Okay, so we blew it. That’s what one reader told us in an e-mail. We’ll call him Joe (and of course, as we all know, this is not his real name). And maybe Joe’s right. If we want our children, young or older, to be grateful for what they have and for what mom and dad have sacrificed to provide them, Joe said, then as parents we need to model the gratitude we expect from them. Joe said if your children are taught to be thankful when they’re young, it will carry over to their teenage years. So … yep, maybe we blew it somewhere along the way.
When we met with other dads and discussed this particular subject, however, nearly all of them expressed the same feeling. I guess even adults have to grow up as they get older. And maybe that process differs with all of us. We are darned proud of now-grown children. They have done well, and there is now evidence that they see and understand that we all stand on the drooping shoulders of others before us. Anyway, Joe, thank you.
Talk it and Walk It
This is a great segue into another email we received from a mom who asked for suggestions on how parents can instill a sense of gratitude in their children. Referencing Joe again, parents do need to model the behavior they expect from their sons and daughters. You have to talk the talk — and also walk it. That’s difficult for us when we deal daily with an ungrateful boss or neighbor or client or creditor and yet are expected to model behavior that we seldom experience ourselves. Gratitude takes effort and energy!
Acknowledge the gift and giver
It’s a good habit to acknowledge the gifts that you have received, whether they are tangible items wrapped in fancy paper or skills and abilities that comprise your DNA. Allow your children — whatever their ages — to see, hear, feel and celebrate your gratitude for all that you receive.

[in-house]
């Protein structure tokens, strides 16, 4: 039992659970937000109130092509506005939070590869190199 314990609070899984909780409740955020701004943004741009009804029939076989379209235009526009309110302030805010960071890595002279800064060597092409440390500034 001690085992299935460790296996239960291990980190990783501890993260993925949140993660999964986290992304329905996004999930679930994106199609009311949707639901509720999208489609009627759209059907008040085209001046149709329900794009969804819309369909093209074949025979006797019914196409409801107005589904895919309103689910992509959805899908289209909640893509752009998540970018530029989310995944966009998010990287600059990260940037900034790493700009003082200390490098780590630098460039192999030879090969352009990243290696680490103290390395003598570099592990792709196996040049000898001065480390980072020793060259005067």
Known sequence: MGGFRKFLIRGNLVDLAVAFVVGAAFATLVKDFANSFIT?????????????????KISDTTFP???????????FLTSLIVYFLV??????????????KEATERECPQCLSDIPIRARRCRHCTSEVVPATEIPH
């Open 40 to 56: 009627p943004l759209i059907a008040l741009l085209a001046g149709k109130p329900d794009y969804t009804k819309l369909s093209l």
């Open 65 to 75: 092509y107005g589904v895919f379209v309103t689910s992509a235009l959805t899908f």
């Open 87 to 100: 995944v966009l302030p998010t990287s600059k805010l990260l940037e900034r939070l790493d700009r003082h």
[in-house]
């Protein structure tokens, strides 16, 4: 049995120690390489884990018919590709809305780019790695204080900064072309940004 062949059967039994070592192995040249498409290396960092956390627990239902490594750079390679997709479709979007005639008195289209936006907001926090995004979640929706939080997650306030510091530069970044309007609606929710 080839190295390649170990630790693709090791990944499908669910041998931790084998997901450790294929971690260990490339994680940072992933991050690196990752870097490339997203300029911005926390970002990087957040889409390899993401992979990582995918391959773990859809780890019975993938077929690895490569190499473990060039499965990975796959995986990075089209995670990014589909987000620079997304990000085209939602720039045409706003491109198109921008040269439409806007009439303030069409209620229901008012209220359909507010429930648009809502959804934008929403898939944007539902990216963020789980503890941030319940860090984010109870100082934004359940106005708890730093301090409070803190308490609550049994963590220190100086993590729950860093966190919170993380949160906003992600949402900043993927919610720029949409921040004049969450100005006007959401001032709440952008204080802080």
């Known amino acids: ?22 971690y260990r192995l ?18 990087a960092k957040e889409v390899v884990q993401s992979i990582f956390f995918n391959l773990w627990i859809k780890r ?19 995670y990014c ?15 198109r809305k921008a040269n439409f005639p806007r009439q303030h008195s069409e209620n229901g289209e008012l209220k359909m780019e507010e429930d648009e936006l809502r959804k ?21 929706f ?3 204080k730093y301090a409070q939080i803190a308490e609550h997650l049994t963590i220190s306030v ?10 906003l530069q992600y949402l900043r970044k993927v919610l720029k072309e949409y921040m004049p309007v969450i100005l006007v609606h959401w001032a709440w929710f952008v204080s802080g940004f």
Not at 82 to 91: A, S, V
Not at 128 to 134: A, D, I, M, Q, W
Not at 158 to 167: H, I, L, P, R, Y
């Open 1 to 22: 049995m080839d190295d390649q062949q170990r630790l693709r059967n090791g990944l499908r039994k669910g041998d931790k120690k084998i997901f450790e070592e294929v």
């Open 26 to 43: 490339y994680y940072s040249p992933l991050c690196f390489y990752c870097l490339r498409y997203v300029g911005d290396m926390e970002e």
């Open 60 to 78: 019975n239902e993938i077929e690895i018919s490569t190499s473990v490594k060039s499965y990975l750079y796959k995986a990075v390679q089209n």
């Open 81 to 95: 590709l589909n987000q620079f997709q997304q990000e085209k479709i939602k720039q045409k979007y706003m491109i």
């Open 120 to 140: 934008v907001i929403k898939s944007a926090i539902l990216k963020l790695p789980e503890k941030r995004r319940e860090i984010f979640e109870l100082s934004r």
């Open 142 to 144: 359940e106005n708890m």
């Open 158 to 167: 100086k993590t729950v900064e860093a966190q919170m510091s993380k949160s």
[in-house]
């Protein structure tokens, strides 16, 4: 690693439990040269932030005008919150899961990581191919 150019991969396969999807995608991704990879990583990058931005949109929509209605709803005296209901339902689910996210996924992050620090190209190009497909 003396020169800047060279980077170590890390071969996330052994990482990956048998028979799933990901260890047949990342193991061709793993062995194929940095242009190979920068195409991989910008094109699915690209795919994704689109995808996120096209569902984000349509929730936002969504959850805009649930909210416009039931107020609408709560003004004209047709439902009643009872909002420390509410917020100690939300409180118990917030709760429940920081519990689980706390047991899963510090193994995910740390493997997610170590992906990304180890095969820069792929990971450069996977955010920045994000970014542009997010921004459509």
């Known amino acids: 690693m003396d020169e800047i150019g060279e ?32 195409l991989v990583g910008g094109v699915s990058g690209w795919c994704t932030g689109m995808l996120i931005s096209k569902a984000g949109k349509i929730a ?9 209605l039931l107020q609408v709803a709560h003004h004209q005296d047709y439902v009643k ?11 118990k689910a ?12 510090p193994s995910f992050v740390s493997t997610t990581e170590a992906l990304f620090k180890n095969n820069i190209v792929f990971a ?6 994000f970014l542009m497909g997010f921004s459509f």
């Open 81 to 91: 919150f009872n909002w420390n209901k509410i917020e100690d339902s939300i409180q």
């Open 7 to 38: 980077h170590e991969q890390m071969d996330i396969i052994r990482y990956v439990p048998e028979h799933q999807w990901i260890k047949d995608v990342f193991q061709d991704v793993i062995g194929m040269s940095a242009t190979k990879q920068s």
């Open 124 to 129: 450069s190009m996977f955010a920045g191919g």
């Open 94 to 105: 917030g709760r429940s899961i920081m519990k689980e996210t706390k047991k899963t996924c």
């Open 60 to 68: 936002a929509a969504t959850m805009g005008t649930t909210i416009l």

Go climb a tree
Explore your family tree. When Tom and his brother drilled down into their family, they discovered they are who they are, in large part, because of the characteristics of their father, grandfather and his father. Tom is proud of that heritage, and he is grateful. But they waited until they were much older to start this exploration. We would suggest taking that journey as soon as you can. There is a wealth of gratitude in discovering those many pairs of shoulders that came before. (Tom’s daughters have drilled down only far enough to discover that they inherited their obsession for organization, order and impatience from their dad. Their appreciation is not yet evident.)
Home is where the hugs are
Most of all, however, mom and dad, we believe you should express thanks for your kids to your kids. Many dads especially find it awkward to reveal their tender side. Under that thick skin and tough exterior bubbles a pool of hugs and kisses and words of encouragement, pride and love. Teenagers need to hear that they are loved and appreciated for who they are, just as they are — and they need to hear it at home. Sometimes they seldom hear it anywhere else.